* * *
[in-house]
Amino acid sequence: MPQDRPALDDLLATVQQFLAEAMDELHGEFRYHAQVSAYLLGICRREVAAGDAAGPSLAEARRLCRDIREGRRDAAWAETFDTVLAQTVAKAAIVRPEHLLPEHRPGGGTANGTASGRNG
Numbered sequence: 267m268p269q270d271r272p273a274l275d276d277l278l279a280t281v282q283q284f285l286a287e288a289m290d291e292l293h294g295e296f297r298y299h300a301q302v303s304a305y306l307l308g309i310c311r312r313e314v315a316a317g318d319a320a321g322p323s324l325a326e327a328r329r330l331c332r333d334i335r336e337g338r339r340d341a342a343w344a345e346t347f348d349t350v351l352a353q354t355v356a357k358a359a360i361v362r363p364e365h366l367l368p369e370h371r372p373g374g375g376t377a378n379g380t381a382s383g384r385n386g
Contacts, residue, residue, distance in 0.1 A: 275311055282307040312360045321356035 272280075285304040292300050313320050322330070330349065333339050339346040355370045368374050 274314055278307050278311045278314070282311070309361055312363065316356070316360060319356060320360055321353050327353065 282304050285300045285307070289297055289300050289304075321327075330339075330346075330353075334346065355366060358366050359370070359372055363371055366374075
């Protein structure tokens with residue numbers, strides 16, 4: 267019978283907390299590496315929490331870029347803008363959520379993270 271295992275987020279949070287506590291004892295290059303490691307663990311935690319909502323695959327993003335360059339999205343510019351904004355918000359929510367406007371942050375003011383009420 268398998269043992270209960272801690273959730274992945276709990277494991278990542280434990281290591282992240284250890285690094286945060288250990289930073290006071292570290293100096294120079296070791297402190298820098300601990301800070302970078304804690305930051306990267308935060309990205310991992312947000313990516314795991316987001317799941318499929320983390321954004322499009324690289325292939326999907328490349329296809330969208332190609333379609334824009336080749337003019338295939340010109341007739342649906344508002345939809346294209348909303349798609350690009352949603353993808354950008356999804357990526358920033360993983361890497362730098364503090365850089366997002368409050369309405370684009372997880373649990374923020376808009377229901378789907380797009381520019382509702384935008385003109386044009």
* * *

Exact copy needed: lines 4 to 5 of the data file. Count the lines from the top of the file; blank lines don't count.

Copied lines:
Contacts, residue, residue, distance in 0.1 A: 275311055282307040312360045321356035 272280075285304040292300050313320050322330070330349065333339050339346040355370045368374050 274314055278307050278311045278314070282311070309361055312363065316356070316360060319356060320360055321353050327353065 282304050285300045285307070289297055289300050289304075321327075330339075330346075330353075334346065355366060358366050359370070359372055363371055366374075
């Protein structure tokens with residue numbers, strides 16, 4: 267019978283907390299590496315929490331870029347803008363959520379993270 271295992275987020279949070287506590291004892295290059303490691307663990311935690319909502323695959327993003335360059339999205343510019351904004355918000359929510367406007371942050375003011383009420 268398998269043992270209960272801690273959730274992945276709990277494991278990542280434990281290591282992240284250890285690094286945060288250990289930073290006071292570290293100096294120079296070791297402190298820098300601990301800070302970078304804690305930051306990267308935060309990205310991992312947000313990516314795991316987001317799941318499929320983390321954004322499009324690289325292939326999907328490349329296809330969208332190609333379609334824009336080749337003019338295939340010109341007739342649906344508002345939809346294209348909303349798609350690009352949603353993808354950008356999804357990526358920033360993983361890497362730098364503090365850089366997002368409050369309405370684009372997880373649990374923020376808009377229901378789907380797009381520019382509702384935008385003109386044009």